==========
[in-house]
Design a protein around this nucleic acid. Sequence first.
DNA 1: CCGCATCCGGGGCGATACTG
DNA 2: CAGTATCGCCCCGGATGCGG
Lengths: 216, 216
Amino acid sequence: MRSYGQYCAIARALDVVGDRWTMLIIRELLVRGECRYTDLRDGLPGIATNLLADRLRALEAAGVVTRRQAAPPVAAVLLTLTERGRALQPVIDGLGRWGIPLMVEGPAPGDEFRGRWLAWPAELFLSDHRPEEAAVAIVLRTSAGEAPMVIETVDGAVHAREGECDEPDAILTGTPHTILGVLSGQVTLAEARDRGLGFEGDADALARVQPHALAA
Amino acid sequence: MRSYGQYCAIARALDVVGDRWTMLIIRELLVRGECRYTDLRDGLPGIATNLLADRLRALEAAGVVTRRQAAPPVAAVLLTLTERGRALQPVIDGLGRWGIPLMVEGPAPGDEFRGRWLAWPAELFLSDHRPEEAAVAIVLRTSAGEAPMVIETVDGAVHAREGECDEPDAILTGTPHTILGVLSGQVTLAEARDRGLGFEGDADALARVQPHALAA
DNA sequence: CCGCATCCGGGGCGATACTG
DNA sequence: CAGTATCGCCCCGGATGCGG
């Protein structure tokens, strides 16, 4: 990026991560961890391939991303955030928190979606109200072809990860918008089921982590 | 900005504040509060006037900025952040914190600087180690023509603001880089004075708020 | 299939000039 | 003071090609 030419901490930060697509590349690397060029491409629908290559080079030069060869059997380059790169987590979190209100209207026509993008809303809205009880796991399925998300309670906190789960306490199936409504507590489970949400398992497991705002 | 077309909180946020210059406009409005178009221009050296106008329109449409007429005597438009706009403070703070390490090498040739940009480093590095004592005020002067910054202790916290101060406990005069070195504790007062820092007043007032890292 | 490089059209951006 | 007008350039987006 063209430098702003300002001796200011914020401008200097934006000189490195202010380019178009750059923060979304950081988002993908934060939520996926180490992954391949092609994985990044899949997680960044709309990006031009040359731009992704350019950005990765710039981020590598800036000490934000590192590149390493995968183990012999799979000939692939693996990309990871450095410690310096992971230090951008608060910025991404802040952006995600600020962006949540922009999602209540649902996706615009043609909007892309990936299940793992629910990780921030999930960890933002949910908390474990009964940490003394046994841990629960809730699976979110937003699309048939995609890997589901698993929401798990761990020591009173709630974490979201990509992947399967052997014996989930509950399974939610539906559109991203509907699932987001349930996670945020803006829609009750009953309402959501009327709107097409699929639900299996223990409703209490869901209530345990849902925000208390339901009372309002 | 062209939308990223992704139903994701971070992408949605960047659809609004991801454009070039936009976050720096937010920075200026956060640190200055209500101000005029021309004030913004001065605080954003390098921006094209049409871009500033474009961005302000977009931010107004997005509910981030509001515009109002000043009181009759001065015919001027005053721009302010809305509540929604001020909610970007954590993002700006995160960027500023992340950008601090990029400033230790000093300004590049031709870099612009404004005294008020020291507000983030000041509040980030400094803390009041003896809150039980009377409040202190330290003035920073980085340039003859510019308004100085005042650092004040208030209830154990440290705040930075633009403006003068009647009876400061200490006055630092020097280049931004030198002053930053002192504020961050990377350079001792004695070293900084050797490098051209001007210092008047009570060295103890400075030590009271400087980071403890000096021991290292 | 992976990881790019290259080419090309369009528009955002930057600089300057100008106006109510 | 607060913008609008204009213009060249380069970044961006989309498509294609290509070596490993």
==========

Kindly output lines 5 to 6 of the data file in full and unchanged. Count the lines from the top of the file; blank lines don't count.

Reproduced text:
Lengths: 216, 216
Amino acid sequence: MRSYGQYCAIARALDVVGDRWTMLIIRELLVRGECRYTDLRDGLPGIATNLLADRLRALEAAGVVTRRQAAPPVAAVLLTLTERGRALQPVIDGLGRWGIPLMVEGPAPGDEFRGRWLAWPAELFLSDHRPEEAAVAIVLRTSAGEAPMVIETVDGAVHAREGECDEPDAILTGTPHTILGVLSGQVTLAEARDRGLGFEGDADALARVQPHALAA